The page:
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Law exam 2017

Terms in this set (16)

Canadian constitutional law is comprised largely of the Constitution Act,1867 (aka the "British North America Act, 1982 (though there are a variety of other instruments)). The entry into force of the Constitution Act, 1982 essentially completed the process of securing Canada's constitutional autonomy and legal independence from Britain. Canada's federal bill of rights—the Charter of Rights and Freedoms—forms part of the Constitution Act, 1982.
- 2 Constitution Acts that are of great importance (1867 and 1982)
- 1867: sets up the division of powers (between the federal gov and the provinces)
divides and allocates power federal and provincial govs all have legitimacy, it's just about who deals with what
"fixes" the distribution/allocation of power, frequently differs the governmental authorities in the process
federal = banking, currency, criminal law/criminal code, national defense, unemployment insurance, naturalization of foreigners
provincial = health and education (2 main focuses), municipal institutions, civil and property rights, sale of publicly owned lands (can be owned provincially), incorporation of companies (what are their objectives?), marriage
- 1982: protecting the individual rights of the people from the gov
Charter of Rights and Freedoms = sets up all of the dif rights (general and individualized/specifiable rights, abstract rights)
sets up basic fundamental rights and rules that Canadian law protects
secures the recognition of individual rights in a political character (social/economic rights) a lot of individual rights guarantees get defined in civil terms (as it is a different kind of right than the right to housing, the right to employment—it's about the right to vote, freedom of speech, etc.
constitutionally recognized rights and freedoms of Canadians = freedom of religion, conscious, association (groups, like unions, political parties, etc.), minority rights, language rights, right of the life/liberty/security of the person, right to equal protection and benefit of the law w/out discrimination based on race/colour/religion/gender/sex, etc. no exclusive list of discriminatory grounds
key dispute-resolution institutions, entrusted w/ the responsibility of presiding over contentious cases (and, in some cases, also issuing advisory opinions)
can preside over private disputes (one person bringing action over another one person), resulting in a private action/suite
can preside over a publicly initiated dispute
public defendant dispute = where the public is the plantiff (a party defending itself against an action), an action being brought against a State (or public thing) by a private party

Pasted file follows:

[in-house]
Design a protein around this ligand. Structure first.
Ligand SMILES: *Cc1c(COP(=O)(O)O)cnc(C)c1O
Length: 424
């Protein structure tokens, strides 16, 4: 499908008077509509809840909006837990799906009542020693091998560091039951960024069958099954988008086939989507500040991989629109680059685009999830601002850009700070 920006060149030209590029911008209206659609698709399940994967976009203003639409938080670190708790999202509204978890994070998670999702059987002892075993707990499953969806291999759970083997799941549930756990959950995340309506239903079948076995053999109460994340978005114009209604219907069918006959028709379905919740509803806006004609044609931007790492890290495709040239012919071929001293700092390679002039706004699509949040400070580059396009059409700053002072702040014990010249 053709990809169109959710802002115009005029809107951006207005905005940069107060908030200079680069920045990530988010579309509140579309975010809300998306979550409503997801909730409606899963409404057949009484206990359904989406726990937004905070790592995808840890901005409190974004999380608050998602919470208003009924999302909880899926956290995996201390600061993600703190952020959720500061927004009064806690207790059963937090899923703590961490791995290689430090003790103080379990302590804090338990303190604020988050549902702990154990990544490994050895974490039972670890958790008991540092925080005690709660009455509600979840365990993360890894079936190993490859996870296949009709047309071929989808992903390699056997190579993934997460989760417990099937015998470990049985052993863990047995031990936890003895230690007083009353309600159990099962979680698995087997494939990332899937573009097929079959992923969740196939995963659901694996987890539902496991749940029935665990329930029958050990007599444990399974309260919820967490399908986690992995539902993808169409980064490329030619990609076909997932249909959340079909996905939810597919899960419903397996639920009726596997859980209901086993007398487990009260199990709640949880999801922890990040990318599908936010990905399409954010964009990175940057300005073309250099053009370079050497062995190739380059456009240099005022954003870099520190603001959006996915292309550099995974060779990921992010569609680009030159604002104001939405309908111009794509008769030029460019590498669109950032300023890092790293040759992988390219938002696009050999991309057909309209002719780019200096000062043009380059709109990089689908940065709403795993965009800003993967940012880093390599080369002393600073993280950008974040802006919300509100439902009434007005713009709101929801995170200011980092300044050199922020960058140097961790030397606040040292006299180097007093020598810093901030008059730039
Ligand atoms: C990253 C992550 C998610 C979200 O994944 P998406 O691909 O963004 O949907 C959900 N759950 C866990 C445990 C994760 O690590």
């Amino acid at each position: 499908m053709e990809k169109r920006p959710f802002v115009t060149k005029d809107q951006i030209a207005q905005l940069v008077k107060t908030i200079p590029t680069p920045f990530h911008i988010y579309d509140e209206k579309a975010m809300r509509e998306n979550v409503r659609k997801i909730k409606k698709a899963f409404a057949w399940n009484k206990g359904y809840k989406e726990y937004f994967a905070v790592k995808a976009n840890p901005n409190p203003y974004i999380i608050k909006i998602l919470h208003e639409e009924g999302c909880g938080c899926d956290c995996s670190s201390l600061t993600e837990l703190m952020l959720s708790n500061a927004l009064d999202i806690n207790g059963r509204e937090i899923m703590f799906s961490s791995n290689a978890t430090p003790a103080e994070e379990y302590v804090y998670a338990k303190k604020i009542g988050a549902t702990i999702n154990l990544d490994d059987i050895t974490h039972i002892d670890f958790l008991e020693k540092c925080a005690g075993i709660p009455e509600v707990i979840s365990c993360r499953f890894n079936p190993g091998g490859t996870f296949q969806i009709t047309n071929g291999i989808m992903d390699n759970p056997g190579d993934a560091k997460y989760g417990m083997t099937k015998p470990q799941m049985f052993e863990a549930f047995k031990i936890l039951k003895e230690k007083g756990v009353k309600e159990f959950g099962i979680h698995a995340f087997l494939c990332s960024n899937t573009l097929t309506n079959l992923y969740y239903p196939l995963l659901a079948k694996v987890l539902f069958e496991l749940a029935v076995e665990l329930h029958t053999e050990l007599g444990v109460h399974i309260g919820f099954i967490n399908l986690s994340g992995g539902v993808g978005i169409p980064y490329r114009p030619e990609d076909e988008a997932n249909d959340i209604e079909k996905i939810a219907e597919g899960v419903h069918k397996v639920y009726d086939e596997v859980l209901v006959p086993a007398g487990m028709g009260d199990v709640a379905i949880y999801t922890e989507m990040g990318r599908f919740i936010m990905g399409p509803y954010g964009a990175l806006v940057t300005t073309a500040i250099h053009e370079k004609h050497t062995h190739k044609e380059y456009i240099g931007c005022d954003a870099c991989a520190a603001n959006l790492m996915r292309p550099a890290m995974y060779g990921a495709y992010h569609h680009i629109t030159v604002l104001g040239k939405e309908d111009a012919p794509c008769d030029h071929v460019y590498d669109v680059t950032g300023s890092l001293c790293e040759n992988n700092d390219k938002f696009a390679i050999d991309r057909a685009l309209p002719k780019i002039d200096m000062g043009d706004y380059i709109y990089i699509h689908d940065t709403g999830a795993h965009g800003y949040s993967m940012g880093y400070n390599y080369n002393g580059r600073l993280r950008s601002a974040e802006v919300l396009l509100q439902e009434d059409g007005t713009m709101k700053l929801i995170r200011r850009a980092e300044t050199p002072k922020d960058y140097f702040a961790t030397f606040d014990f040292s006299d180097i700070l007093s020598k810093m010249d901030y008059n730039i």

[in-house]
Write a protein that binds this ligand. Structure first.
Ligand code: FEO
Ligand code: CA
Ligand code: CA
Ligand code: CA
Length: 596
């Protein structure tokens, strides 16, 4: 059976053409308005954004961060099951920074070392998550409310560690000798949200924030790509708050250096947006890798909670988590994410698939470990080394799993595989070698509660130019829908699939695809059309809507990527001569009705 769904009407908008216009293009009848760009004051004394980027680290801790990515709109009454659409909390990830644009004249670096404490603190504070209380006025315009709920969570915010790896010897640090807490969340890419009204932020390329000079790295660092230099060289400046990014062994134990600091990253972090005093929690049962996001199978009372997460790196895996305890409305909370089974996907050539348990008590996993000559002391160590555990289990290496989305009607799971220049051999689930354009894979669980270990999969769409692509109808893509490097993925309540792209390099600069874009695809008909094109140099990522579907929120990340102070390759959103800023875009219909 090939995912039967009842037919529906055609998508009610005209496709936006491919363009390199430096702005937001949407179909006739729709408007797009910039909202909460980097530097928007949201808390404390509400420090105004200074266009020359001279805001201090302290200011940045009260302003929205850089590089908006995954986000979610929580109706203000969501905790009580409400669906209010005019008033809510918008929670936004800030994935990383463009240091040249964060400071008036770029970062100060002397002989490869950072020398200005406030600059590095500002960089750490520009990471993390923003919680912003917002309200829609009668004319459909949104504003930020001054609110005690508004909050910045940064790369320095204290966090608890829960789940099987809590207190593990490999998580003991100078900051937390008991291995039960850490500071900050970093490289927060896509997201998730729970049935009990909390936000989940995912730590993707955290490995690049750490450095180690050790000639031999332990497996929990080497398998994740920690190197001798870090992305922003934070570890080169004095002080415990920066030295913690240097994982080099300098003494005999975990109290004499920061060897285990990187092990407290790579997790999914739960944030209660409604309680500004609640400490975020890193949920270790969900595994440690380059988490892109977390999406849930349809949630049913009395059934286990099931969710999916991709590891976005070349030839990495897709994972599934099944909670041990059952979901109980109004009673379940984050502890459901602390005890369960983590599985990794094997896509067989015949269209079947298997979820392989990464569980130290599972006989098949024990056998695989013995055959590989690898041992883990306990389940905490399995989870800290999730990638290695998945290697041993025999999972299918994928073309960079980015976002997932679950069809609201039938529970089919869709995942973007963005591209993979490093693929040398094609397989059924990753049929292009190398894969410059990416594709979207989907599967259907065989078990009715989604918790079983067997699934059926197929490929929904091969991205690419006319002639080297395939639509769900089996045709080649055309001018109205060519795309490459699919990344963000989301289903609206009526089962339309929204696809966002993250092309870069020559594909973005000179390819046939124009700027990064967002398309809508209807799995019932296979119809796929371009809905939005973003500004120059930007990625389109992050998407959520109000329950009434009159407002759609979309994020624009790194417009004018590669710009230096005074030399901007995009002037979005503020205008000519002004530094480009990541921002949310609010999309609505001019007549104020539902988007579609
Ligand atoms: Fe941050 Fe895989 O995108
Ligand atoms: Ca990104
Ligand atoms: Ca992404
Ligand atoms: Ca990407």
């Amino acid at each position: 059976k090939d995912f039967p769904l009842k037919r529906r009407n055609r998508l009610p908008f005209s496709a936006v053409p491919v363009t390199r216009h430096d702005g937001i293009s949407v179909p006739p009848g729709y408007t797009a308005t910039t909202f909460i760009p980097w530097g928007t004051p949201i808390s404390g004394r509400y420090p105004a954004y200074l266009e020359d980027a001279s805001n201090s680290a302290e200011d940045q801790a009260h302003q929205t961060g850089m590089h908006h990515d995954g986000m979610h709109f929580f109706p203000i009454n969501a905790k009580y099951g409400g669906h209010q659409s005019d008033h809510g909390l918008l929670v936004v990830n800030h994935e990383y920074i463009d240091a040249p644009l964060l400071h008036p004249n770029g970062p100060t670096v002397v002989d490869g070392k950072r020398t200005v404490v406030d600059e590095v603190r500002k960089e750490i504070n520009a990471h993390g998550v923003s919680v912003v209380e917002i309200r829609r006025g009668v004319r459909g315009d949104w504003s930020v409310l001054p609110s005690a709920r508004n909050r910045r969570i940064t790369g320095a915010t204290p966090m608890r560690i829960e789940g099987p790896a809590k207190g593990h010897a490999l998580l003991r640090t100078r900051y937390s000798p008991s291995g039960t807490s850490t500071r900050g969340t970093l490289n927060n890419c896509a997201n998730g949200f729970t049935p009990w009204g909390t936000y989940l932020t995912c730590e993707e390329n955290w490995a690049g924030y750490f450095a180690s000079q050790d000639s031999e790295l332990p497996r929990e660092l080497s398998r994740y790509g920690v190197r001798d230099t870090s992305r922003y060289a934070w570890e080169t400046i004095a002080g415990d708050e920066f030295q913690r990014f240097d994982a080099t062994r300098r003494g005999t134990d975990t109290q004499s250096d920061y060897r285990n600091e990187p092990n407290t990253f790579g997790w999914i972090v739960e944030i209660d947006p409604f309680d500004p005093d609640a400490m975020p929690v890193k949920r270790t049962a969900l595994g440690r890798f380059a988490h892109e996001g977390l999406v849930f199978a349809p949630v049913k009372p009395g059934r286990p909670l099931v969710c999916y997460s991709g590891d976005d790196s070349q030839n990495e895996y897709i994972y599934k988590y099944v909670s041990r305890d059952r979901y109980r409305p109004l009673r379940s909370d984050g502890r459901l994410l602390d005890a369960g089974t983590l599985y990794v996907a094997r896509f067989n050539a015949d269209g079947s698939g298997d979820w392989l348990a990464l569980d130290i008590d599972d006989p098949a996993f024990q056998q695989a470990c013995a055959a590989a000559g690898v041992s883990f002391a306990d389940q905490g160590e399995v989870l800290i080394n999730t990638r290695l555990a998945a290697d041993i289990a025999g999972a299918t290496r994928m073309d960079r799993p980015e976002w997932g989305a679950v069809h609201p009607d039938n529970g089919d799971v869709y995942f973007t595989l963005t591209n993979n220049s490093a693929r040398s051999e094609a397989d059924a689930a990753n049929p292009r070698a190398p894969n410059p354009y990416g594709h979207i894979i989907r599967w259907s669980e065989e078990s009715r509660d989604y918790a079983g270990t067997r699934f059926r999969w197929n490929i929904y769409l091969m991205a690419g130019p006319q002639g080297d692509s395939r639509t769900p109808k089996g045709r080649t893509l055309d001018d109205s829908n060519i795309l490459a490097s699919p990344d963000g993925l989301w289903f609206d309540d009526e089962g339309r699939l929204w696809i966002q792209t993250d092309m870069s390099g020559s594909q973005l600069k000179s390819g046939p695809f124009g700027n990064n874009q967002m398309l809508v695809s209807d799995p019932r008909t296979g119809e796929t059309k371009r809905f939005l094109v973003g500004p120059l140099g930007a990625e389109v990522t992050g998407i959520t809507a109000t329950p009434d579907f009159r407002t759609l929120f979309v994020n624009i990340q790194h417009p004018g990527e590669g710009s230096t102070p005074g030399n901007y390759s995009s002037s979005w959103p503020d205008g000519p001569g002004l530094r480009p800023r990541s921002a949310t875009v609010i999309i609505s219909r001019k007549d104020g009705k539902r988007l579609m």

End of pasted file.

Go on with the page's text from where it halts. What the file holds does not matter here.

courts are not independent—they wait for one party to bring an action against another party, to file a requisite notion to bring before the court disputes are brought to them
- Basic hierarchy of courts in Canada (the higher you go, the more power)
1) Supreme Court of Canada (highest court, has jurisdiction over all types and areas of law, case must reach national level concerns in order to be heard by the Supreme Court)
2) specialized federal courts (preside over very specific matters)
3) federal courts (civil jurisdiction, property disputes, trademarks, naturalization and citizenship, disputes between provinces)
4) appellate courts (hear appeals of decisions made by provincial/territorial superior courts, they listen/read transcripts, do not re-examine evidence or hear witnesses, they review what happened in the lower level court and determine whether or not it's valid)
5) provincial and territorial superior courts (highest courts of original jurisdiction (the right to hear a case for the very first time within the province/territory in question))
6) provincial and territorial courts
- LEGISLATURES makes laws—laws that are then interpreted and applied by the courts. In Canada, this law-making power is distributed between Parliament (i.e. the House of Commons and Senate) and the various provincial legislatures. Again, section 91 and 92 of the Constitution Act of 1867 plays a crucial role in this distribution of power
certain issues the provincial govs have authority over dealing with
- ADMINSTRATIVE BODIES specialized boards, tribunals, and other agencies to which a significant degree of decision-making authority has been delegated through federal or provincial legislation. These bodies are typically provided with considerable discretionary authority, and they often also exercise quasi-judicial (?) power. They must abide by the Canadian law, including the Charter of Rights and Freedoms and basic principles of procedural fairness. Their decisions are capable of being re-examined by courts of law under certain circumstances
if society gets so complicated, that it's not enough to have simply legislative bodies/courts, then you need other things that can help manage and deal with everyday matters and issues
modern administrative states = where claims and disputes are sorted out day-to-day
naturalization and citizenship, you are dealing with the Immigration Board first and foremost, before anything is brought forward to the court if there is an issue
helps make sure that the courts aren't totally overwhelmed, as a lot of it involves a certain level of expertise and experience—administrative bodies have these expertise and experience